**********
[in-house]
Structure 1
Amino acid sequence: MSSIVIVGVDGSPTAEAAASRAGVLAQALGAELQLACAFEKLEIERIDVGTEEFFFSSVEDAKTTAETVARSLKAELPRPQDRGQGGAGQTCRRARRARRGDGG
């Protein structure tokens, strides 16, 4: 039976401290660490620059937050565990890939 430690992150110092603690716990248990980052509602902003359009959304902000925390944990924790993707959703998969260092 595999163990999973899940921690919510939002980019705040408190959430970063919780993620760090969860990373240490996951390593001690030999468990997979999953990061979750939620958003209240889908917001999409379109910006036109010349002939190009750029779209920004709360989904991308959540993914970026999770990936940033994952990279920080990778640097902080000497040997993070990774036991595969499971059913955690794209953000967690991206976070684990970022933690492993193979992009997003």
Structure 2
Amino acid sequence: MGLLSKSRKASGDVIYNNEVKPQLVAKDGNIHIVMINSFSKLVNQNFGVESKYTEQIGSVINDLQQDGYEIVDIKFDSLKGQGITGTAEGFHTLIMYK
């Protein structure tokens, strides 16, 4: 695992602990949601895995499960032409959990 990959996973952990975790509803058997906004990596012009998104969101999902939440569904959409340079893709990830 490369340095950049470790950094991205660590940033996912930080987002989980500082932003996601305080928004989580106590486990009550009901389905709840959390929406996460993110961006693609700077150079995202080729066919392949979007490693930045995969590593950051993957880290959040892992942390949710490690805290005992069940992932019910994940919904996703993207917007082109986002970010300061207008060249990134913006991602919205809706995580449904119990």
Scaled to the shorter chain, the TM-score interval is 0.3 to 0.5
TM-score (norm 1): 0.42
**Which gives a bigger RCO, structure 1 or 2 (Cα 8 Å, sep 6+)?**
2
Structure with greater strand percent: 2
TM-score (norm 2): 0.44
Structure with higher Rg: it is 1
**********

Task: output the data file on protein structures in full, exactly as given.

[in-house]
Structure 1
Amino acid sequence: MSSIVIVGVDGSPTAEAAASRAGVLAQALGAELQLACAFEKLEIERIDVGTEEFFFSSVEDAKTTAETVARSLKAELPRPQDRGQGGAGQTCRRARRARRGDGG
């Protein structure tokens, strides 16, 4: 039976401290660490620059937050565990890939 430690992150110092603690716990248990980052509602902003359009959304902000925390944990924790993707959703998969260092 595999163990999973899940921690919510939002980019705040408190959430970063919780993620760090969860990373240490996951390593001690030999468990997979999953990061979750939620958003209240889908917001999409379109910006036109010349002939190009750029779209920004709360989904991308959540993914970026999770990936940033994952990279920080990778640097902080000497040997993070990774036991595969499971059913955690794209953000967690991206976070684990970022933690492993193979992009997003």
Structure 2
Amino acid sequence: MGLLSKSRKASGDVIYNNEVKPQLVAKDGNIHIVMINSFSKLVNQNFGVESKYTEQIGSVINDLQQDGYEIVDIKFDSLKGQGITGTAEGFHTLIMYK
């Protein structure tokens, strides 16, 4: 695992602990949601895995499960032409959990 990959996973952990975790509803058997906004990596012009998104969101999902939440569904959409340079893709990830 490369340095950049470790950094991205660590940033996912930080987002989980500082932003996601305080928004989580106590486990009550009901389905709840959390929406996460993110961006693609700077150079995202080729066919392949979007490693930045995969590593950051993957880290959040892992942390949710490690805290005992069940992932019910994940919904996703993207917007082109986002970010300061207008060249990134913006991602919205809706995580449904119990």
Scaled to the shorter chain, the TM-score interval is 0.3 to 0.5
TM-score (norm 1): 0.42
**Which gives a bigger RCO, structure 1 or 2 (Cα 8 Å, sep 6+)?**
2
Structure with greater strand percent: 2
TM-score (norm 2): 0.44
Structure with higher Rg: it is 1